Tefo clearly has a very limited understanding of the role of unions and surely a simple Google search would have been of great assistance to his course. Our national discourse would have been assisted had he at the very least advanced some educationally sound arguments for the banning of unions.

In our view he is just an ill informed union basher. Unions exist to ensure labour peace. They are one of the most effective and practical mechanisms to create collective bargaining platforms between employees and employers. In the basic education space for instance, unions have been central in advancing teacher development initiatives among other interventions. What this tells you is that we are part of the solution and want to insist that we will not give the likes of Tefo any space to insult and demoralize us. Freedom of association is a right that we fought for and will defend.

The National General Council of 2013 made it clear that this is the year of action and that needs to manifest through tangible results. Among others we will intensify our call for consolidated teacher development interventions, we want to see firm progress in this regard and will not rest until such happens, we insist that teacher development cannot be relegated to a mere expression on paper but must be treated with the urgency it deserves.

On our part, we have come up with our own programmes through the Curtis Nkondo Professional Development Institute. We see ourselves as part of the solution and are more than prepared to get our hands dirty and put in the required hard work to improve our members. Collaborating with the DBE under the Teacher Union Collaboration we have been able to implement quality training programmes. We commit ourselves to continue doing more to improve the competencies of the teachers. Our Union will ensure that programmes that provide a balance between pedagogy and subject content knowledge.

We will push vigorously and engage all stake holders involved to ensure that the work of the Presidential Task Team on Teachers Salaries is finalized as a matter of urgency. The quality of public education is directly proportional to our conditions of service as teachers and must thus be prioritized if we are to produce the desired outcomes and move forward as a country.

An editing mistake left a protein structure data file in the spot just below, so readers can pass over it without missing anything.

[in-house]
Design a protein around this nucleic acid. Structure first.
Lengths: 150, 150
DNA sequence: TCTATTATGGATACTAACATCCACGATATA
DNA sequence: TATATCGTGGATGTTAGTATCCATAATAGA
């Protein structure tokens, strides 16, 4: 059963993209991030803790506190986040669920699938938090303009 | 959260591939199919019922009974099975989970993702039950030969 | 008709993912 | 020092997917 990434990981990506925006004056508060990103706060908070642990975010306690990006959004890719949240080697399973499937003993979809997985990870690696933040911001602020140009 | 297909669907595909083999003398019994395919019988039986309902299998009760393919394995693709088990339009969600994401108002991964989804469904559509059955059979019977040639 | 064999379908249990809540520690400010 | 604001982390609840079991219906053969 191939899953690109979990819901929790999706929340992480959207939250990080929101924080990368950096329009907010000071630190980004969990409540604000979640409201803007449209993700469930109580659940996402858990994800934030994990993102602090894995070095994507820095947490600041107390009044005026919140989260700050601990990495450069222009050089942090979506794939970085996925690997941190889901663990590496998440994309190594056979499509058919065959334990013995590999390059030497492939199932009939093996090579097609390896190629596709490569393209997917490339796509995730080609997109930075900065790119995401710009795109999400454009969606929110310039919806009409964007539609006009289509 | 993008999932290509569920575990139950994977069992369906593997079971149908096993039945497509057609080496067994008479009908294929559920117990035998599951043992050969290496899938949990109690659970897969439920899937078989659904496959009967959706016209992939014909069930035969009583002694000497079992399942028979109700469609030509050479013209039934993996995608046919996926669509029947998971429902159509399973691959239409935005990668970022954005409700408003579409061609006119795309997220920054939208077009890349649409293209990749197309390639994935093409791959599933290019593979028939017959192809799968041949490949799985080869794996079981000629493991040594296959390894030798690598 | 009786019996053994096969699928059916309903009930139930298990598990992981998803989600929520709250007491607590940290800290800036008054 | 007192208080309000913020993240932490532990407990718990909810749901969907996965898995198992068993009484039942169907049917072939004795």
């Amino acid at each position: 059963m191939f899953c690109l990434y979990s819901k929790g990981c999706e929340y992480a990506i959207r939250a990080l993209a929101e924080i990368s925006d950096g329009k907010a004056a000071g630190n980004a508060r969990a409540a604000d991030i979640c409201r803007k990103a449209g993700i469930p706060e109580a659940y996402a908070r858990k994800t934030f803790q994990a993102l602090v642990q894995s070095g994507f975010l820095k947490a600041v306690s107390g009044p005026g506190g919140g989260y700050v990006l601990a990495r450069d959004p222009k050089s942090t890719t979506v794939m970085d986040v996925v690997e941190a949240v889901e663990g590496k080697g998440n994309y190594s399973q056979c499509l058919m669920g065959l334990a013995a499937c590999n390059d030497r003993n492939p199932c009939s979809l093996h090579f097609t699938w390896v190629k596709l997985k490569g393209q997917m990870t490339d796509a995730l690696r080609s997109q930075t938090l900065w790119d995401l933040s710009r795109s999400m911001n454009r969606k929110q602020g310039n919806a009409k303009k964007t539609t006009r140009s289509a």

This is the year in which we will up the ante on our call for the permanent appointment of all teachers, we will not accept a situation in which post provisioning fails to dent the unfavorable learner/teacher ratio that we are exposed to. Every class must be attended to by a teacher and the ratio must be acceptable and promote an optimal teaching and learning environment. The Peter Morkel Model must be reviewed in line with the ANC Mangaung Conference resolution.

Equally, we will prioritize the conditions of service of Adult Education and Training (AET) and Early Childhood Development (ECD). Whilst we welcome the fact that the ruling ANC intends to integrate the critical ECD phase into the main stream schooling system, we will on our part ensure that the conditions of service of the concerned practitioners speak to the intent and are drastically improved. The area of Early Childhood Education demands that those employed in the sector must have multi-skills because pre-school must provide learners with opportunities to grow, develop and explore. The teachers must thus have the required social service and health qualifications.

We want to call upon all our members to make 2014 the year of action. We will continue to honour Madiba, defend the unity of COSATU, service our members and rally behind the ANC election victory.

ISSUED BY: SADTU Secretariat